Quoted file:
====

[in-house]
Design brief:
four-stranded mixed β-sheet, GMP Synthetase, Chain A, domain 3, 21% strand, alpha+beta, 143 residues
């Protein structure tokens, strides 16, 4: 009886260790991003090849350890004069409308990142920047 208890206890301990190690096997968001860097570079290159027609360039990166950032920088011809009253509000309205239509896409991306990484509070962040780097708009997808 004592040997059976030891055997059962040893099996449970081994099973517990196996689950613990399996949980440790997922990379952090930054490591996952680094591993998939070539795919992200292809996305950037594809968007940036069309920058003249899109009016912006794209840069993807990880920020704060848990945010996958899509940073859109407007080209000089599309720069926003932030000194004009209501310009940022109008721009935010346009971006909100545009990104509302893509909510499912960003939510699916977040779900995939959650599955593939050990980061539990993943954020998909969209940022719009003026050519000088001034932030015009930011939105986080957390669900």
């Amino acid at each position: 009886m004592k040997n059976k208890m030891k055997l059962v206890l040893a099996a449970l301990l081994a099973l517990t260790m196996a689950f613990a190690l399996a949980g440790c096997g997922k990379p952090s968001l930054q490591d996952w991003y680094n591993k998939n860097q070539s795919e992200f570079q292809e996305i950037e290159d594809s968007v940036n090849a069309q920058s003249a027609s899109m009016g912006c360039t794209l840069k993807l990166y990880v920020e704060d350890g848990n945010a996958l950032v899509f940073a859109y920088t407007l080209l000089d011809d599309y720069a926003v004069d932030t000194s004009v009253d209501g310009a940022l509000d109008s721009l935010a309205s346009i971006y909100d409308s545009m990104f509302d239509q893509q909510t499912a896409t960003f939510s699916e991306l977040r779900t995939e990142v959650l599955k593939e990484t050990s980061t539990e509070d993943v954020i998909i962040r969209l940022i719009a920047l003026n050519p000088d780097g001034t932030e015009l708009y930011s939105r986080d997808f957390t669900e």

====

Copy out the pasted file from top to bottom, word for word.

[in-house]
Design brief:
four-stranded mixed β-sheet, GMP Synthetase, Chain A, domain 3, 21% strand, alpha+beta, 143 residues
């Protein structure tokens, strides 16, 4: 009886260790991003090849350890004069409308990142920047 208890206890301990190690096997968001860097570079290159027609360039990166950032920088011809009253509000309205239509896409991306990484509070962040780097708009997808 004592040997059976030891055997059962040893099996449970081994099973517990196996689950613990399996949980440790997922990379952090930054490591996952680094591993998939070539795919992200292809996305950037594809968007940036069309920058003249899109009016912006794209840069993807990880920020704060848990945010996958899509940073859109407007080209000089599309720069926003932030000194004009209501310009940022109008721009935010346009971006909100545009990104509302893509909510499912960003939510699916977040779900995939959650599955593939050990980061539990993943954020998909969209940022719009003026050519000088001034932030015009930011939105986080957390669900």
């Amino acid at each position: 009886m004592k040997n059976k208890m030891k055997l059962v206890l040893a099996a449970l301990l081994a099973l517990t260790m196996a689950f613990a190690l399996a949980g440790c096997g997922k990379p952090s968001l930054q490591d996952w991003y680094n591993k998939n860097q070539s795919e992200f570079q292809e996305i950037e290159d594809s968007v940036n090849a069309q920058s003249a027609s899109m009016g912006c360039t794209l840069k993807l990166y990880v920020e704060d350890g848990n945010a996958l950032v899509f940073a859109y920088t407007l080209l000089d011809d599309y720069a926003v004069d932030t000194s004009v009253d209501g310009a940022l509000d109008s721009l935010a309205s346009i971006y909100d409308s545009m990104f509302d239509q893509q909510t499912a896409t960003f939510s699916e991306l977040r779900t995939e990142v959650l599955k593939e990484t050990s980061t539990e509070d993943v954020i998909i962040r969209l940022i719009a920047l003026n050519p000088d780097g001034t932030e015009l708009y930011s939105r986080d997808f957390t669900e």